Dr. Michael Morrongiello
Psychologist and Steuben County Landowner
The plight of the Southern Tier – a failing economy with no end in sight – is directly attributable to a governing philosophy of handouts before leadership.
An Elmira Star-Gazette editorial on August 15th accurately described the plight of upstate New York: lagging economic growth, little job creation, people leaving the state in droves. The Editorial Board cited State Comptroller DiNapoli’s report which said “job growth was uneven across the state.” The Southern Tier actually lost jobs. There’s nothing uneven about it; the area is flatlining. After a great start the editorial fizzled out, failing to name the cause of upstate’s decline nor any real solutions – state leadership that has put the Southern Tier and much of Upstate New York at the mercy of downstate special interests.
People have always tried to improve their lives and that of their families. What could be more natural and human than to create a better standard of living for your children and grandchildren? So the question is: why isn’t it happening here? We’re no better or worse than the people of Texas, yet they create jobs easily. The people of the Southern Tier (those that remain) are responding to the economic environment created by government policy. They sensibly cling to the pittance they’re left with after taxes, and they are risk-averse because of taxes and regulations.
The decline of upstate is an intergenerational problem. Cuomo is just the latest in a long line of Governors who promised to fix it, and never do.
Consider that 13 of 14 New York governors since 1923 came from downstate. The NYS Assembly is dominated by downstate. The recent budget deal in Albany, aptly named “the big ugly,” was all about New York City. Upstaters do not hold one statewide office, and haven’t for many years. The votes, money and power are downstate. The most benign explanation is that we’re an afterthought; the most malicious is that they’re deliberately strangling us.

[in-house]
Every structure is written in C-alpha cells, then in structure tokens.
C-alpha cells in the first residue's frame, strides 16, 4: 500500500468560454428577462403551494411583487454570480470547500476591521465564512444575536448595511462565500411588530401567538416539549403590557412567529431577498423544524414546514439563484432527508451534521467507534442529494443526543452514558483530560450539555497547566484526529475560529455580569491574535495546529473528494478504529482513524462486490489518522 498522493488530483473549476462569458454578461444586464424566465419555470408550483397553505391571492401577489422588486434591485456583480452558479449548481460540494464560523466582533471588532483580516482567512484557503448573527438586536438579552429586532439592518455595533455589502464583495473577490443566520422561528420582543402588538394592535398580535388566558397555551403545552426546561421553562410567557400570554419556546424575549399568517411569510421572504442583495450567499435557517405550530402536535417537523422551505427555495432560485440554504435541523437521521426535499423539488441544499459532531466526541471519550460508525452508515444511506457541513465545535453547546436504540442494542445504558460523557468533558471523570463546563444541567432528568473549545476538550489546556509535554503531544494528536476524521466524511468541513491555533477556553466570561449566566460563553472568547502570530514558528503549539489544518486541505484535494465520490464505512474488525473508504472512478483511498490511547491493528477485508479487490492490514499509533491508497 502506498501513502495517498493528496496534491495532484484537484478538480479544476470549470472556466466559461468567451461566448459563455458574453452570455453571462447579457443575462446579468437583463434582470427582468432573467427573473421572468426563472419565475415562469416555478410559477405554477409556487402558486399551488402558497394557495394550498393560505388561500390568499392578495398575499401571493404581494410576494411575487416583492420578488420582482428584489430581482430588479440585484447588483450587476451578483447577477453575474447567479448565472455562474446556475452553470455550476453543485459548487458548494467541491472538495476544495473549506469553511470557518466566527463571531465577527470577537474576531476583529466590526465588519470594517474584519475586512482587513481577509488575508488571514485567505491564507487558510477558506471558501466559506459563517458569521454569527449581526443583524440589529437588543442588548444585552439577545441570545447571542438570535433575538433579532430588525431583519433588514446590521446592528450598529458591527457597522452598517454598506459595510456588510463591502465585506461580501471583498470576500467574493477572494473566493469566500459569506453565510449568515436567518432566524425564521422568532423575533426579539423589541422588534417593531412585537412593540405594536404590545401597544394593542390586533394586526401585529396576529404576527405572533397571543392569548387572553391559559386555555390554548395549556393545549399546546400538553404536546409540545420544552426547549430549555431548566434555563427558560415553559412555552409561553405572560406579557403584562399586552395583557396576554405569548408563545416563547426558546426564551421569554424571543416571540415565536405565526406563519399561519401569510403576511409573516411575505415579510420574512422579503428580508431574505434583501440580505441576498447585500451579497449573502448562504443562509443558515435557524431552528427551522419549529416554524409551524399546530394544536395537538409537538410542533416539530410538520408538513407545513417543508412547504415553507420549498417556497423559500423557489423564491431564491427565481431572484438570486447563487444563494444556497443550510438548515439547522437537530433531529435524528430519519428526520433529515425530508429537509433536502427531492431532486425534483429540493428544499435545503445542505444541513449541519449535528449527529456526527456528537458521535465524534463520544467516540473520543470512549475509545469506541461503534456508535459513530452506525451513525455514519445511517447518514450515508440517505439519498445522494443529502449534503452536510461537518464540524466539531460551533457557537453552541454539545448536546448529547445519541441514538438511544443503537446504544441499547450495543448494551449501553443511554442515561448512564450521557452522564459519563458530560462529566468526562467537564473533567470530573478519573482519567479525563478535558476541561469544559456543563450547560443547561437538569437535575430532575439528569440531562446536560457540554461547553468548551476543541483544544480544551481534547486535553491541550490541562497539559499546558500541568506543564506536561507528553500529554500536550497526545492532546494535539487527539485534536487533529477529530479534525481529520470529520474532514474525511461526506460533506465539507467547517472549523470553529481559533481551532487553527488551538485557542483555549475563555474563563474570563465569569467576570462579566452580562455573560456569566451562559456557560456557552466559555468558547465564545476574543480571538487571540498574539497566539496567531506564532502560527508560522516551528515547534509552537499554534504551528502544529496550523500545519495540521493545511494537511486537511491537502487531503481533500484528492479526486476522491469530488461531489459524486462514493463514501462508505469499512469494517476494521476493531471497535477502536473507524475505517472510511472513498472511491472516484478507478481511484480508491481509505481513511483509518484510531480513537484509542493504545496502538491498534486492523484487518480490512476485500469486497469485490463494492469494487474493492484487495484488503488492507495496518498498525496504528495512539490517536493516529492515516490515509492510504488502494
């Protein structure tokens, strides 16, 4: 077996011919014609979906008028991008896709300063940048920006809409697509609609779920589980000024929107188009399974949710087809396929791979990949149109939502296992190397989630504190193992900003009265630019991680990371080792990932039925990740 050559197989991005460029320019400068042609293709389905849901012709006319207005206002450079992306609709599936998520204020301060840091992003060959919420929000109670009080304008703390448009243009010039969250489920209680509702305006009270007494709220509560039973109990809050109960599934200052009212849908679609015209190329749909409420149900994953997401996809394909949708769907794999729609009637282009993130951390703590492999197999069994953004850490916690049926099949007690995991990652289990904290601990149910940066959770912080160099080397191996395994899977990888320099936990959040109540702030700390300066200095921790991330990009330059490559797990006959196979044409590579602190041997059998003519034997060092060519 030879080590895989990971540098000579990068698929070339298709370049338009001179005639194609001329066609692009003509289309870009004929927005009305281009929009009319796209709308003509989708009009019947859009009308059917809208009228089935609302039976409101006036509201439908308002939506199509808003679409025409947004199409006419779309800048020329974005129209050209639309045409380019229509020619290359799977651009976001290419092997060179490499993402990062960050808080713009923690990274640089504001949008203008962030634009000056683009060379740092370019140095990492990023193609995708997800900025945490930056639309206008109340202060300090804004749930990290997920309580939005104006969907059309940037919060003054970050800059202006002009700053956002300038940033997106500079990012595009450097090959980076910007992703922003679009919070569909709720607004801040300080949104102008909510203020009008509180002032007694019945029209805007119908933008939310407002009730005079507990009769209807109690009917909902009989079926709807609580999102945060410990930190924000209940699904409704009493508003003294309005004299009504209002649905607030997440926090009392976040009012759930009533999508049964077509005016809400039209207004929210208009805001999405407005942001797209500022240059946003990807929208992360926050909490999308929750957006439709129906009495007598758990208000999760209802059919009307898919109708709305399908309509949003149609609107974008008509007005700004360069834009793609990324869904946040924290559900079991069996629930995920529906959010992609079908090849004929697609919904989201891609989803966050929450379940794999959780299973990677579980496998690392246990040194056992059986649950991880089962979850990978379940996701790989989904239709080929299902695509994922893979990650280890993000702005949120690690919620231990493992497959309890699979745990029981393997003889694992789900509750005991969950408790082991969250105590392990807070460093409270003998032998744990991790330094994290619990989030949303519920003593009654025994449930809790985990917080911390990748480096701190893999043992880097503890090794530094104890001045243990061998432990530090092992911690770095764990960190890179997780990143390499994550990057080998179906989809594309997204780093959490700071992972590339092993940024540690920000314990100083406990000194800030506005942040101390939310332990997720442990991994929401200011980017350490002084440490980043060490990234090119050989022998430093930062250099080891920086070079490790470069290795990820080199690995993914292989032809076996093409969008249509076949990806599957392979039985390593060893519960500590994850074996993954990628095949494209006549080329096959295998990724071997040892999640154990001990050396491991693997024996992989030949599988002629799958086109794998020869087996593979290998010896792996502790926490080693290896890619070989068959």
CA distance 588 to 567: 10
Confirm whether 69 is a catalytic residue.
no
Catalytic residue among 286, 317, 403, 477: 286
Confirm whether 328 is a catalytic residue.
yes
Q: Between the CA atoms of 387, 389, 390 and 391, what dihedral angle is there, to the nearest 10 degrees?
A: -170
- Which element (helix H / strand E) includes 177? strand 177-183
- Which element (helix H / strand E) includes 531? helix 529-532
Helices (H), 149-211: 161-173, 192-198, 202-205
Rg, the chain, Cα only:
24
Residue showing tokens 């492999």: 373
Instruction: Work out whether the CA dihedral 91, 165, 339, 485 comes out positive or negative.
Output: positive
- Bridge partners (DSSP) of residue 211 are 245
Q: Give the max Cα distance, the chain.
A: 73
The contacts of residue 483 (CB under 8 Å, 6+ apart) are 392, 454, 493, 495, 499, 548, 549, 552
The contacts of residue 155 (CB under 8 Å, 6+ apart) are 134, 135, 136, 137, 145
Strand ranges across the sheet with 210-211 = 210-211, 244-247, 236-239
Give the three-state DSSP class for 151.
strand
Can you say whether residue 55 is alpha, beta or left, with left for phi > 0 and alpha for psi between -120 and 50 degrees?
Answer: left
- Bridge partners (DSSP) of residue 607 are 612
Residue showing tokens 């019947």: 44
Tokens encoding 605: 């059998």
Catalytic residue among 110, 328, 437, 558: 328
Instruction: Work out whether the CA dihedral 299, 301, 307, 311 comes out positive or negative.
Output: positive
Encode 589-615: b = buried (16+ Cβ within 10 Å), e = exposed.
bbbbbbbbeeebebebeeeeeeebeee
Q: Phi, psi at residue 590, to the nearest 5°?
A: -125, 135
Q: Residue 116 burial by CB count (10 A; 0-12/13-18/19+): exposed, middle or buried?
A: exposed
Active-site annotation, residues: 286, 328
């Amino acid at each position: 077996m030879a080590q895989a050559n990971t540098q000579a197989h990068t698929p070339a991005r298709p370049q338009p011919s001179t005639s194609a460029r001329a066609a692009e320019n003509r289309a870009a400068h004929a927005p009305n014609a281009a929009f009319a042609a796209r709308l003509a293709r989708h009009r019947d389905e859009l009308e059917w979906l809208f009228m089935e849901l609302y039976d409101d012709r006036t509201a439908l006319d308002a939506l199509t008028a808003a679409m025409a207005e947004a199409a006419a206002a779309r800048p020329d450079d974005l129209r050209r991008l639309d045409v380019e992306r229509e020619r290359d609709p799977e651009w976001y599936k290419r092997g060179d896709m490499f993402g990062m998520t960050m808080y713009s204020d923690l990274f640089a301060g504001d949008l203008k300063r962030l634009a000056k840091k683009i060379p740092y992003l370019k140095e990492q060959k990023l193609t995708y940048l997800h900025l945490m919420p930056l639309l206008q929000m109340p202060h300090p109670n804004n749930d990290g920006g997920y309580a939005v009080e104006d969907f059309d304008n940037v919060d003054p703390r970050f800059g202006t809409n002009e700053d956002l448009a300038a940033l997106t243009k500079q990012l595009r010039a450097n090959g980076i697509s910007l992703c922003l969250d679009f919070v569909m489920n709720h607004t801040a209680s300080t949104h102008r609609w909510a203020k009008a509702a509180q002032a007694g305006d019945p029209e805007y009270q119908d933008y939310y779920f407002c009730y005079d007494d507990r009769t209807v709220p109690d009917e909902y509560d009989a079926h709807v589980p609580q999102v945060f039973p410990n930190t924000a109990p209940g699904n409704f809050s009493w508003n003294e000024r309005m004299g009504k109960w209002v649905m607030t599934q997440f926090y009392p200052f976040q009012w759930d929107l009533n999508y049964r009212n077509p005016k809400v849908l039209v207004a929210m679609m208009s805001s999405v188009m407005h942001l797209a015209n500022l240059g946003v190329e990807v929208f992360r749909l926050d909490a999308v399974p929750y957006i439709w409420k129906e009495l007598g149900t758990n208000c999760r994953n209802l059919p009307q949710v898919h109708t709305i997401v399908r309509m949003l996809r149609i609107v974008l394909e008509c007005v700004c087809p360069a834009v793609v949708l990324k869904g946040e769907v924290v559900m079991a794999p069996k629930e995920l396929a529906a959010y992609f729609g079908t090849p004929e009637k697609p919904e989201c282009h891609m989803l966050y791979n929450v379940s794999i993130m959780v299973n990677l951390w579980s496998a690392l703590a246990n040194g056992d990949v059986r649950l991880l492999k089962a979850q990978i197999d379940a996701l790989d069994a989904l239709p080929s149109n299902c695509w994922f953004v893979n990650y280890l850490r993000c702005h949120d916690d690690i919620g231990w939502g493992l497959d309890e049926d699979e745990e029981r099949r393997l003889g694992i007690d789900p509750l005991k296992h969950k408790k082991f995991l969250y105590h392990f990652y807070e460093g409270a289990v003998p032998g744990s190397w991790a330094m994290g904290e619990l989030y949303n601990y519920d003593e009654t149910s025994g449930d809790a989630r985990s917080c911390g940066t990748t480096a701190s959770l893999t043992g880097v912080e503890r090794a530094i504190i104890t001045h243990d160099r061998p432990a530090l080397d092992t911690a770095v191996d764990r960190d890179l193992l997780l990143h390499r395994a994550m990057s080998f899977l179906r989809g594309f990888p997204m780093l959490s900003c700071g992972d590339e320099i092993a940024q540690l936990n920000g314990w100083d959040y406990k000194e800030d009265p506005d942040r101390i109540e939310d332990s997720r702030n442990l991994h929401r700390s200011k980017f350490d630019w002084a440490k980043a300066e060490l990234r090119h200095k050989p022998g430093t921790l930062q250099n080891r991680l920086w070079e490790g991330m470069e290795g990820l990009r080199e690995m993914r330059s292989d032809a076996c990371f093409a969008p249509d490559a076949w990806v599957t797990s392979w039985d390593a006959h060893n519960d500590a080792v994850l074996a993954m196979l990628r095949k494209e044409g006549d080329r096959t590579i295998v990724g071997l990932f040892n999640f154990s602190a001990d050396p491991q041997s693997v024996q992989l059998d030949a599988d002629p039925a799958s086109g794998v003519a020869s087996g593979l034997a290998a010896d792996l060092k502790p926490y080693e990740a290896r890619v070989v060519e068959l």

The secession and home-rule movements are a natural outgrowth of citizens tired of the unrelenting pounding upstate gets from Albany. Contented people don’t secede.
According to the New York State Association of Counties, 90% of our property taxes go to funding nine mandates from Albany. We’re still waiting for the fix from Albany. We pay sales tax, property tax and income tax. The fix is to cut those taxes, cut predatory state agencies, and keep them on a very short leash.
If we were really open for business, natural gas development wouldn’t have been banned. Sadly, this economic game-changer could have brought much needed jobs and investment to our area and real state leadership might have helped sell the idea to downstate by pointing out the benefits of lowered carbon and other emissions in substituting gas for coal and oil, the move that has cleaned New York City’s air and actually saved lives.
If we must please downstaters, then shouldn’t the job of the governor be to lead and to educate them and show just how important natural gas is to their lives, rather than simply caving to their irrational fears? It wouldn’t have been that hard if the governor had simply led with the facts such as those illustrated in this neat handout from Energy In Depth:
The Star-Gazette also never mentions the liberal governing philosophy that dominates the state. Conservative principles like lower taxes, limited government and personal freedom are nowhere in sight. Instead, the Southern Tier is offered a handful of handouts to finance meaningless pet projects that do little or nothing in the long-term compared to what natural gas might offer. The region needs leadership from Albany in dealing with downstate – not handouts.
Compliments to the paper’s Editorial Board for naming the problem. It would be helpful if they would shake that angry pen at Albany and name the causes of our decline: the indifference of our governing downstate elite, a governing philosophy, liberalism, that taxes and regulates too much and a failure to lead and educate on the part of our governor.